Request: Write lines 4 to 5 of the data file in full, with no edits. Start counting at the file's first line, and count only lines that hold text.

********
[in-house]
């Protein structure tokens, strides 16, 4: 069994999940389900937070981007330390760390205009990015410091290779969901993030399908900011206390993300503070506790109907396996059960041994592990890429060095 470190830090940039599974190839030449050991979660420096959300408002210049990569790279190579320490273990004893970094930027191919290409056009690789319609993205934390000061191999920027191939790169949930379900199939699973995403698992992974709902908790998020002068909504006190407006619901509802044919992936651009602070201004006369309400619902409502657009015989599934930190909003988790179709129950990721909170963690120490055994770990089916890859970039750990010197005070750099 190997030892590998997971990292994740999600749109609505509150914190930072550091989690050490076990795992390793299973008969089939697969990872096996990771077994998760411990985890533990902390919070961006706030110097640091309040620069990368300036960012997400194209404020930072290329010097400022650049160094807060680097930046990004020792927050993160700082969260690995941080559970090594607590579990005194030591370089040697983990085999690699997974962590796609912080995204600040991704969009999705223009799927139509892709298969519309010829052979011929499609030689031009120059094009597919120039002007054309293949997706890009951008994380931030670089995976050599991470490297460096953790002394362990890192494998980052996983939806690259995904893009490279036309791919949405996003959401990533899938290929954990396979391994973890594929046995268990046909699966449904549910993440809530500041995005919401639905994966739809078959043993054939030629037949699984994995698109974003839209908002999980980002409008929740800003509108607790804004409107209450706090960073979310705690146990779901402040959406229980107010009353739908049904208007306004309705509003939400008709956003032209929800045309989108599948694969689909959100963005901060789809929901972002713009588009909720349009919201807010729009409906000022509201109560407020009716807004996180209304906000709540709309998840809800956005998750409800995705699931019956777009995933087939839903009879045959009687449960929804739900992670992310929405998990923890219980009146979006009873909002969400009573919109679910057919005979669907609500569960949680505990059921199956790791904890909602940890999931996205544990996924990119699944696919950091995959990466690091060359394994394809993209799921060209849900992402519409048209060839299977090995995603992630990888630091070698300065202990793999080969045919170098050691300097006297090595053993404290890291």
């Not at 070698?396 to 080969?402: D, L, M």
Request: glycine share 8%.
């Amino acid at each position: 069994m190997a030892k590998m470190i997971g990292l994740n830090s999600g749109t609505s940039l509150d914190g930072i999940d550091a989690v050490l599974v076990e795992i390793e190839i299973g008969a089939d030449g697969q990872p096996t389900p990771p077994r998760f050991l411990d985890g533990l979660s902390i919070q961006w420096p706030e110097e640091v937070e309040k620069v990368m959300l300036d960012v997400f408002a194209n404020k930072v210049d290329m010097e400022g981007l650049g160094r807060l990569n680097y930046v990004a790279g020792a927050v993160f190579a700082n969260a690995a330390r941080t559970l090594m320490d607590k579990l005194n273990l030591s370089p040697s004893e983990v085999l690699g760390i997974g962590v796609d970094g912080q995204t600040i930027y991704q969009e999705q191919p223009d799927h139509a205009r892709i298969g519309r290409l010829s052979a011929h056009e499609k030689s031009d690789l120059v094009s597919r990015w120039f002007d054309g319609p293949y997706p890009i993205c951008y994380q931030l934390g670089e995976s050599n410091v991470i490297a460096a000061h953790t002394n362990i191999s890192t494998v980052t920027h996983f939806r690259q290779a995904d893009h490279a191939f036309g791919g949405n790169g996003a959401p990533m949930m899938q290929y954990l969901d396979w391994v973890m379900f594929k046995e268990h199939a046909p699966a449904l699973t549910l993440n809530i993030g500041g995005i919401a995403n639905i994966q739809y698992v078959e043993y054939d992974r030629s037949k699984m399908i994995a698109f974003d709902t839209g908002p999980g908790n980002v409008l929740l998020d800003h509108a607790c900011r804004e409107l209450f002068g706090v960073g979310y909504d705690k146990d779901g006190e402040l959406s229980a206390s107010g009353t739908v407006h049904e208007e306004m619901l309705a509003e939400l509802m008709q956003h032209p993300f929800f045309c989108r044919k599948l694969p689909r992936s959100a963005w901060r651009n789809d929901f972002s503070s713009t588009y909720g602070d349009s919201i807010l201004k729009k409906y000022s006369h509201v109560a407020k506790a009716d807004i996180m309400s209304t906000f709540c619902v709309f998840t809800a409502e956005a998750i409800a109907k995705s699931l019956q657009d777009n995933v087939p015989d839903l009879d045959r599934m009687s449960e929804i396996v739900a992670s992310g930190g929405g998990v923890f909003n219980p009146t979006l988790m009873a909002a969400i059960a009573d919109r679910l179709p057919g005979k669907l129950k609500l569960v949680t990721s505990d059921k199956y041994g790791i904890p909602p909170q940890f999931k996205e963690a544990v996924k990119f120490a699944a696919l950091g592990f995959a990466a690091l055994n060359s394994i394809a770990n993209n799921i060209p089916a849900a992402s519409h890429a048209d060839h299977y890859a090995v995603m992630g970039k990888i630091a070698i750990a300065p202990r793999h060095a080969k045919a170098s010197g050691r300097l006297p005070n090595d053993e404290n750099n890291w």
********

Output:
Request: glycine share 8%.
């Amino acid at each position: 069994m190997a030892k590998m470190i997971g990292l994740n830090s999600g749109t609505s940039l509150d914190g930072i999940d550091a989690v050490l599974v076990e795992i390793e190839i299973g008969a089939d030449g697969q990872p096996t389900p990771p077994r998760f050991l411990d985890g533990l979660s902390i919070q961006w420096p706030e110097e640091v937070e309040k620069v990368m959300l300036d960012v997400f408002a194209n404020k930072v210049d290329m010097e400022g981007l650049g160094r807060l990569n680097y930046v990004a790279g020792a927050v993160f190579a700082n969260a690995a330390r941080t559970l090594m320490d607590k579990l005194n273990l030591s370089p040697s004893e983990v085999l690699g760390i997974g962590v796609d970094g912080q995204t600040i930027y991704q969009e999705q191919p223009d799927h139509a205009r892709i298969g519309r290409l010829s052979a011929h056009e499609k030689s031009d690789l120059v094009s597919r990015w120039f002007d054309g319609p293949y997706p890009i993205c951008y994380q931030l934390g670089e995976s050599n410091v991470i490297a460096a000061h953790t002394n362990i191999s890192t494998v980052t920027h996983f939806r690259q290779a995904d893009h490279a191939f036309g791919g949405n790169g996003a959401p990533m949930m899938q290929y954990l969901d396979w391994v973890m379900f594929k046995e268990h199939a046909p699966a449904l699973t549910l993440n809530i993030g500041g995005i919401a995403n639905i994966q739809y698992v078959e043993y054939d992974r030629s037949k699984m399908i994995a698109f974003d709902t839209g908002p999980g908790n980002v409008l929740l998020d800003h509108a607790c900011r804004e409107l209450f002068g706090v960073g979310y909504d705690k146990d779901g006190e402040l959406s229980a206390s107010g009353t739908v407006h049904e208007e306004m619901l309705a509003e939400l509802m008709q956003h032209p993300f929800f045309c989108r044919k599948l694969p689909r992936s959100a963005w901060r651009n789809d929901f972002s503070s713009t588009y909720g602070d349009s919201i807010l201004k729009k409906y000022s006369h509201v109560a407020k506790a009716d807004i996180m309400s209304t906000f709540c619902v709309f998840t809800a409502e956005a998750i409800a109907k995705s699931l019956q657009d777009n995933v087939p015989d839903l009879d045959r599934m009687s449960e929804i396996v739900a992670s992310g930190g929405g998990v923890f909003n219980p009146t979006l988790m009873a909002a969400i059960a009573d919109r679910l179709p057919g005979k669907l129950k609500l569960v949680t990721s505990d059921k199956y041994g790791i904890p909602p909170q940890f999931k996205e963690a544990v996924k990119f120490a699944a696919l950091g592990f995959a990466a690091l055994n060359s394994i394809a770990n993209n799921i060209p089916a849900a992402s519409h890429a048209d060839h299977y890859a090995v995603m992630g970039k990888i630091a070698i750990a300065p202990r793999h060095a080969k045919a170098s010197g050691r300097l006297p005070n090595d053993e404290n750099n890291w």